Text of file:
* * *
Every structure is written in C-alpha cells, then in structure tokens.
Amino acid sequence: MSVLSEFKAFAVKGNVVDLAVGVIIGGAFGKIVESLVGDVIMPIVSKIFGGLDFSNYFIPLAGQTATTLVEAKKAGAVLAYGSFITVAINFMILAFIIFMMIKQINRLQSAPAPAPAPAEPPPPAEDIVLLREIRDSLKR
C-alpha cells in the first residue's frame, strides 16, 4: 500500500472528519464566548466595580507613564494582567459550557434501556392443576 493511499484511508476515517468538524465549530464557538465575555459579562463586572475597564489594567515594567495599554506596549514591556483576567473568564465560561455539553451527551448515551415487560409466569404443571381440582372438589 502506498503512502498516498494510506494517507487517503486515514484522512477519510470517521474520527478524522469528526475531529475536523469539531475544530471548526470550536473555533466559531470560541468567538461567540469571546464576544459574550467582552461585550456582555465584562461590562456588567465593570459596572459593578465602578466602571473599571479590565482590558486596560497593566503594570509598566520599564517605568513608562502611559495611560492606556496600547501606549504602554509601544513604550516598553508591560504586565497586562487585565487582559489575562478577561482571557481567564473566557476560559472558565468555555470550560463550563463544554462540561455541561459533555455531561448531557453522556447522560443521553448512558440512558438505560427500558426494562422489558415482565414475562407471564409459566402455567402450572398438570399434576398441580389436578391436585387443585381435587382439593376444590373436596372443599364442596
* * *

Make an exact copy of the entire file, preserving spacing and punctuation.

Every structure is written in C-alpha cells, then in structure tokens.
Amino acid sequence: MSVLSEFKAFAVKGNVVDLAVGVIIGGAFGKIVESLVGDVIMPIVSKIFGGLDFSNYFIPLAGQTATTLVEAKKAGAVLAYGSFITVAINFMILAFIIFMMIKQINRLQSAPAPAPAPAEPPPPAEDIVLLREIRDSLKR
C-alpha cells in the first residue's frame, strides 16, 4: 500500500472528519464566548466595580507613564494582567459550557434501556392443576 493511499484511508476515517468538524465549530464557538465575555459579562463586572475597564489594567515594567495599554506596549514591556483576567473568564465560561455539553451527551448515551415487560409466569404443571381440582372438589 502506498503512502498516498494510506494517507487517503486515514484522512477519510470517521474520527478524522469528526475531529475536523469539531475544530471548526470550536473555533466559531470560541468567538461567540469571546464576544459574550467582552461585550456582555465584562461590562456588567465593570459596572459593578465602578466602571473599571479590565482590558486596560497593566503594570509598566520599564517605568513608562502611559495611560492606556496600547501606549504602554509601544513604550516598553508591560504586565497586562487585565487582559489575562478577561482571557481567564473566557476560559472558565468555555470550560463550563463544554462540561455541561459533555455531561448531557453522556447522560443521553448512558440512558438505560427500558426494562422489558415482565414475562407471564409459566402455567402450572398438570399434576398441580389436578391436585387443585381435587382439593376444590373436596372443599364442596